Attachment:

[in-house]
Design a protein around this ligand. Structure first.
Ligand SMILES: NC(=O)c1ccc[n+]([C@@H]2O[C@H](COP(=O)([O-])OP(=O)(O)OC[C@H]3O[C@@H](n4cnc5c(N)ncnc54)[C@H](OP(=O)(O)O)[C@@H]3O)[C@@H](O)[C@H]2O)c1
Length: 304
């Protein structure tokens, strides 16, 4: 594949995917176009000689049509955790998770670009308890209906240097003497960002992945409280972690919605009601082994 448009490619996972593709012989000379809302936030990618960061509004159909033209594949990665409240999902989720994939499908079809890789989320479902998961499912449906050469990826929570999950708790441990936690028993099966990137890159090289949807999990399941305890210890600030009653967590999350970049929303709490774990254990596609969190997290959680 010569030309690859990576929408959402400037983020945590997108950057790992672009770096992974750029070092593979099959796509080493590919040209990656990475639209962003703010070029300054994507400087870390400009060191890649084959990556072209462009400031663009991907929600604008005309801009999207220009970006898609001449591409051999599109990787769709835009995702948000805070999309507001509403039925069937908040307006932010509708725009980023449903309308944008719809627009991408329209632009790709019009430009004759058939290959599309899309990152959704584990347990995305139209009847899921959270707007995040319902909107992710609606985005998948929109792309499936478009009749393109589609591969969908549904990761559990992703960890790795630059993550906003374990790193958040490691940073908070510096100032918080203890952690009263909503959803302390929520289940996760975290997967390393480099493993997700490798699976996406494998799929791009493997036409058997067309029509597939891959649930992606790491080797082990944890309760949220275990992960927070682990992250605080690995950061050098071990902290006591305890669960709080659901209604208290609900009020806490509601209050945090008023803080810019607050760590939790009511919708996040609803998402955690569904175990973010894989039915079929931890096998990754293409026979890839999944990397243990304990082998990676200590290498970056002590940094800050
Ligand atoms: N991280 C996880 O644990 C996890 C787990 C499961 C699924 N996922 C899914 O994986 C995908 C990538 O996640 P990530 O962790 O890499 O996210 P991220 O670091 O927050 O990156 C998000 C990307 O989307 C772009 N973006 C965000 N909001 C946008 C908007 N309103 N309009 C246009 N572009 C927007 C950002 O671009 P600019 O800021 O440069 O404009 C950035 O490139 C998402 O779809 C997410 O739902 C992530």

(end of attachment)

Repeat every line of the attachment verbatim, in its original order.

[in-house]
Design a protein around this ligand. Structure first.
Ligand SMILES: NC(=O)c1ccc[n+]([C@@H]2O[C@H](COP(=O)([O-])OP(=O)(O)OC[C@H]3O[C@@H](n4cnc5c(N)ncnc54)[C@H](OP(=O)(O)O)[C@@H]3O)[C@@H](O)[C@H]2O)c1
Length: 304
């Protein structure tokens, strides 16, 4: 594949995917176009000689049509955790998770670009308890209906240097003497960002992945409280972690919605009601082994 448009490619996972593709012989000379809302936030990618960061509004159909033209594949990665409240999902989720994939499908079809890789989320479902998961499912449906050469990826929570999950708790441990936690028993099966990137890159090289949807999990399941305890210890600030009653967590999350970049929303709490774990254990596609969190997290959680 010569030309690859990576929408959402400037983020945590997108950057790992672009770096992974750029070092593979099959796509080493590919040209990656990475639209962003703010070029300054994507400087870390400009060191890649084959990556072209462009400031663009991907929600604008005309801009999207220009970006898609001449591409051999599109990787769709835009995702948000805070999309507001509403039925069937908040307006932010509708725009980023449903309308944008719809627009991408329209632009790709019009430009004759058939290959599309899309990152959704584990347990995305139209009847899921959270707007995040319902909107992710609606985005998948929109792309499936478009009749393109589609591969969908549904990761559990992703960890790795630059993550906003374990790193958040490691940073908070510096100032918080203890952690009263909503959803302390929520289940996760975290997967390393480099493993997700490798699976996406494998799929791009493997036409058997067309029509597939891959649930992606790491080797082990944890309760949220275990992960927070682990992250605080690995950061050098071990902290006591305890669960709080659901209604208290609900009020806490509601209050945090008023803080810019607050760590939790009511919708996040609803998402955690569904175990973010894989039915079929931890096998990754293409026979890839999944990397243990304990082998990676200590290498970056002590940094800050
Ligand atoms: N991280 C996880 O644990 C996890 C787990 C499961 C699924 N996922 C899914 O994986 C995908 C990538 O996640 P990530 O962790 O890499 O996210 P991220 O670091 O927050 O990156 C998000 C990307 O989307 C772009 N973006 C965000 N909001 C946008 C908007 N309103 N309009 C246009 N572009 C927007 C950002 O671009 P600019 O800021 O440069 O404009 C950035 O490139 C998402 O779809 C997410 O739902 C992530």